(ATTN: ADDS BOK official's comments, more info throughout)
SEOUL, Aug. 5 (Yonhap) -- South Korea posted a current account surplus for the second straight month in June, but its amount sharply contracted from a year earlier amid mounting import costs emanating from high energy and commodity prices, central bank data showed Friday.
The country's current account surplus stood at US$5.61 billion in June, accelerating from the previous month's surplus of $3.86 billion, according to the preliminary data from the Bank of Korea (BOK).
It marked the second straight month of a surplus following April when South Korea registered a deficit of $80 million -- the first shortfall since April 2020 -- due in part to such one-off factors as expanded overseas dividend payments.
In the January-June period, the country's cumulative current account surplus came to $24.78 billion, sharply down from $41.76 billion a year earlier, though it topped the BOK's first-half projection of $21 billion.
The June surplus was much smaller than the same month a year earlier when the country logged a surplus of $8.83 billion, the data showed.
The on-year decline stemmed mostly from rising import bills caused by high prices of energy and key commodities amid global supply snarls that have been exasperated by the ongoing war in Ukraine.
In particular, imports of crude oil and coal jumped 53.1 percent and 189 percent, respectively, in June from a year earlier. Imports of such capital goods as semiconductors and related equipment also rose 37 percent and 6.8 percent, respectively, over the cited period.
Exports, meanwhile, came to $59.53 billion, slightly smaller than the previous month's $61.7 billion. The outbound shipments, however, were larger than $54.59 billion tallied a year earlier.
Of them, exports to the United States and the Middle East expanded 12.2 percent and 8.6 percent on-year, respectively, in June, but those bound for China shrank 0.8 percent over the same period apparently affected by coronavirus-related lockdowns and slowing growth.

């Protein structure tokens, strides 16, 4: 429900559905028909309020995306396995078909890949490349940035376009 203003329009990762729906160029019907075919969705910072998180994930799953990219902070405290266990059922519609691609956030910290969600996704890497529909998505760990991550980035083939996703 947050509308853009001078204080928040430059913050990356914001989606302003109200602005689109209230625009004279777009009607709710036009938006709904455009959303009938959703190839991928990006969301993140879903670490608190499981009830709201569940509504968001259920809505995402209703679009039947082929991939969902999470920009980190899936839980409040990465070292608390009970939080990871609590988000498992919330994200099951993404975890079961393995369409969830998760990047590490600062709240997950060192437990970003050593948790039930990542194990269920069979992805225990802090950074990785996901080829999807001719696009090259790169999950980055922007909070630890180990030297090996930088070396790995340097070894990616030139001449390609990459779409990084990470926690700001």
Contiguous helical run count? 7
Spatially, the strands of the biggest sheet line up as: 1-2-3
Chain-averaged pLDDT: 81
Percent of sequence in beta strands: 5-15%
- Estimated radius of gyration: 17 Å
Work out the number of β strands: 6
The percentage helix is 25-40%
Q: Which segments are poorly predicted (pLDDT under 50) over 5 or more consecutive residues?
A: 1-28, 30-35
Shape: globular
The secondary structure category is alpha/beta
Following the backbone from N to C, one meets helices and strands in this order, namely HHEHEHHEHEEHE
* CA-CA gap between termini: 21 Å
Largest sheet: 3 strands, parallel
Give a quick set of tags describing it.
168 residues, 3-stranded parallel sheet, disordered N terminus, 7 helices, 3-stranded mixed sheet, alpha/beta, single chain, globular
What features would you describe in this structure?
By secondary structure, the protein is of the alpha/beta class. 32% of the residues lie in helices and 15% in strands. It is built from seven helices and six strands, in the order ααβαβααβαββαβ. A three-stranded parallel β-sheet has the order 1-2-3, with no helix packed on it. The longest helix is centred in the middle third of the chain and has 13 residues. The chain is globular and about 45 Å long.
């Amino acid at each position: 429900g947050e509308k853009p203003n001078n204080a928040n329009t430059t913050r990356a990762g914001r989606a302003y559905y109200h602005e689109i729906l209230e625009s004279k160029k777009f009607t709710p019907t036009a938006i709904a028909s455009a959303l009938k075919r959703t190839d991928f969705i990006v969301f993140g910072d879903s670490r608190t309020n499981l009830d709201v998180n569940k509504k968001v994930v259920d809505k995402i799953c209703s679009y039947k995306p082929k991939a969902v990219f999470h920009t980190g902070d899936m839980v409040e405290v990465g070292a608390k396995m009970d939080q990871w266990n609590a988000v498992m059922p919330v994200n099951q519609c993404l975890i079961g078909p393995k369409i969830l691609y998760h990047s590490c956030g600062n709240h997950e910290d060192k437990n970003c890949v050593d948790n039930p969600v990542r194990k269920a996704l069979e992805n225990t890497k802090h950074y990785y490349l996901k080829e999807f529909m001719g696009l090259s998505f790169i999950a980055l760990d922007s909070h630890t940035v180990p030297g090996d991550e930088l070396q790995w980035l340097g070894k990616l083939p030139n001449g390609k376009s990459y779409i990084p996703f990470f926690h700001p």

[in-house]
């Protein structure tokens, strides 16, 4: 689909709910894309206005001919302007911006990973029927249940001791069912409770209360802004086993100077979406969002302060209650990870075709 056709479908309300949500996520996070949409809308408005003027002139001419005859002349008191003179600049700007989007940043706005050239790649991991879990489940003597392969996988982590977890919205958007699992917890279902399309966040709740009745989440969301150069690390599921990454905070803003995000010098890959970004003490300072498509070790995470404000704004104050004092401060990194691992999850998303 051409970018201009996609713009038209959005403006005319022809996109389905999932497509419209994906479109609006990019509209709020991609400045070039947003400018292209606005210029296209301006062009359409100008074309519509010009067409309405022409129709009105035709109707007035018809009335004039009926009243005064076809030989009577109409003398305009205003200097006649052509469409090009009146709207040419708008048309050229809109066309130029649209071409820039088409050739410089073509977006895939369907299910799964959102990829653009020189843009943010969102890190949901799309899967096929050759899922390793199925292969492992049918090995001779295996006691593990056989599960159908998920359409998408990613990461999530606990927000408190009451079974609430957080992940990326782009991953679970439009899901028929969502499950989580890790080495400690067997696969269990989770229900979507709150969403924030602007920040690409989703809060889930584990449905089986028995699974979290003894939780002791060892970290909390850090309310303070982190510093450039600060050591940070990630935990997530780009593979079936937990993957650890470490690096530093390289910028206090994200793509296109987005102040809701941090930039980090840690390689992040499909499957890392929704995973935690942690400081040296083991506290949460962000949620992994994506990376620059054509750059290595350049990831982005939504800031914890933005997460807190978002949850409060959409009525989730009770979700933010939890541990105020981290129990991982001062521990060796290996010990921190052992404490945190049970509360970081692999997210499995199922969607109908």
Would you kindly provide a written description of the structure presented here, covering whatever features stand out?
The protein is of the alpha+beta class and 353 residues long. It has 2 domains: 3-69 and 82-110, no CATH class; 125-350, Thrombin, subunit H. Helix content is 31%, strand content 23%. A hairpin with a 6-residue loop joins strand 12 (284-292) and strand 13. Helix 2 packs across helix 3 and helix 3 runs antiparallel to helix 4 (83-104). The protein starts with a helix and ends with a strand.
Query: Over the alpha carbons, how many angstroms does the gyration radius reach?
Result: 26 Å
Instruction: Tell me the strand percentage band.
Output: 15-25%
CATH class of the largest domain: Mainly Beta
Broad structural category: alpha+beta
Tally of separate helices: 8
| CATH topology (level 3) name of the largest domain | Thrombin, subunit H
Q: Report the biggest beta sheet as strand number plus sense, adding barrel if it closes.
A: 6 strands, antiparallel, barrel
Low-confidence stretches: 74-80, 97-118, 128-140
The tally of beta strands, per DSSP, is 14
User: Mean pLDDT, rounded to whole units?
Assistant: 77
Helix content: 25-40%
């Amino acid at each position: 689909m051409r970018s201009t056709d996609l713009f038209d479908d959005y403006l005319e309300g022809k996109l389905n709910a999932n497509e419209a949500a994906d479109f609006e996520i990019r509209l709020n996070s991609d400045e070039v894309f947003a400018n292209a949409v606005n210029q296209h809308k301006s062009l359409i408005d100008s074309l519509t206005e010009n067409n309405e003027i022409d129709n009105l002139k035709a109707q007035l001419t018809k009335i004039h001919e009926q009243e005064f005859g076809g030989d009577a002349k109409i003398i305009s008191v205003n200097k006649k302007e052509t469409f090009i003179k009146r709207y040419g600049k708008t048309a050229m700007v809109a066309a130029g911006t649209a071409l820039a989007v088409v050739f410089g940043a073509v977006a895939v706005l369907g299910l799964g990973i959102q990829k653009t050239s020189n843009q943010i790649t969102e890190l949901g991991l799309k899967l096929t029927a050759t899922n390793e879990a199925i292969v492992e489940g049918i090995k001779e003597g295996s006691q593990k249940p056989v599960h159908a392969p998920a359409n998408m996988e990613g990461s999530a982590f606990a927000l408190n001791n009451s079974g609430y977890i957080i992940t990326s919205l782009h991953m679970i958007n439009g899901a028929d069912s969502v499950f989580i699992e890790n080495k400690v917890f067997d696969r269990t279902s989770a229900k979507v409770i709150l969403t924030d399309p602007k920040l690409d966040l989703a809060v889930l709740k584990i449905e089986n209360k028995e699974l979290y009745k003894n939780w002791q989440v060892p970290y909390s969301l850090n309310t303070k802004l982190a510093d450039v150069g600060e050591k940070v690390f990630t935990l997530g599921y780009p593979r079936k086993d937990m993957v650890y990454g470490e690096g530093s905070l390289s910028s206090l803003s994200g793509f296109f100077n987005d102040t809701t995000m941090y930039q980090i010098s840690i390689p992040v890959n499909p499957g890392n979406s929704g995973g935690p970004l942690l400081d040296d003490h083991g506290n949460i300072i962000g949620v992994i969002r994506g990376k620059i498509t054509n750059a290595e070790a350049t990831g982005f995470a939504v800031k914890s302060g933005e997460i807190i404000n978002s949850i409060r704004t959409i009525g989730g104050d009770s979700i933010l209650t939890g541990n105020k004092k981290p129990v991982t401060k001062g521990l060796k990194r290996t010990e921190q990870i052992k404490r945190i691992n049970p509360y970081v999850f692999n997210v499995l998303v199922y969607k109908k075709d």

As a result, the goods balance that tracks imports and exports registered a surplus of $3.59 billion in June, which more than halved from a surplus of $7.55 billion a year earlier.
Hwang Sang-pil, head of the BOK's economic statistics bureau, said that exports will remain robust going forward but concerns over a global economic recession and slowing Chinese economy could weigh on the country's overseas sales.
"Slowing economic growth in major countries and volatility in global raw material prices are among possible key risks," he said. "It is also necessary to keep tabs on global supply disruptions of semiconductors."
He worried that the global recession could hurt its exports and negatively affect its current account balance but noted that how fast the oil prices decline will determine whether the country achieves its surplus projection for this year.
In May, the BOK forecast the country's annual current account surplus could reach around $50 billion this year, which was sharply smaller than a surplus of $70 billion predicted three months earlier. The central bank will provide updated outlooks later this month.
The service account, which includes outlays by South Koreans on overseas trips and transport earnings, posted a deficit of $490 million.
This represented the second straight month of a shortfall amid increasing overseas travel after the country eased anti-pandemic curbs. The deficit was still smaller than a deficit of $1.02 billion the previous year thanks in part to expanded earnings from high freight rates.
The primary income account, which tracks wages of foreign workers and dividend payments overseas, logged a surplus of $2.77 billion in the month, up from a surplus of $2.56 billion, the data showed.
Samsung's Lee expected to solidify leadership, step up biz activities after receiving pardon
Traditional car shows struggle amid electrification
Tax cut drive feared to worsen fiscal health; focus on rich, biz circles draws criticism
S. Korean firms in delicate balancing act over U.S. economic framework
(News Focus) BOK expected to seek further rate hikes but place more weight on growth: experts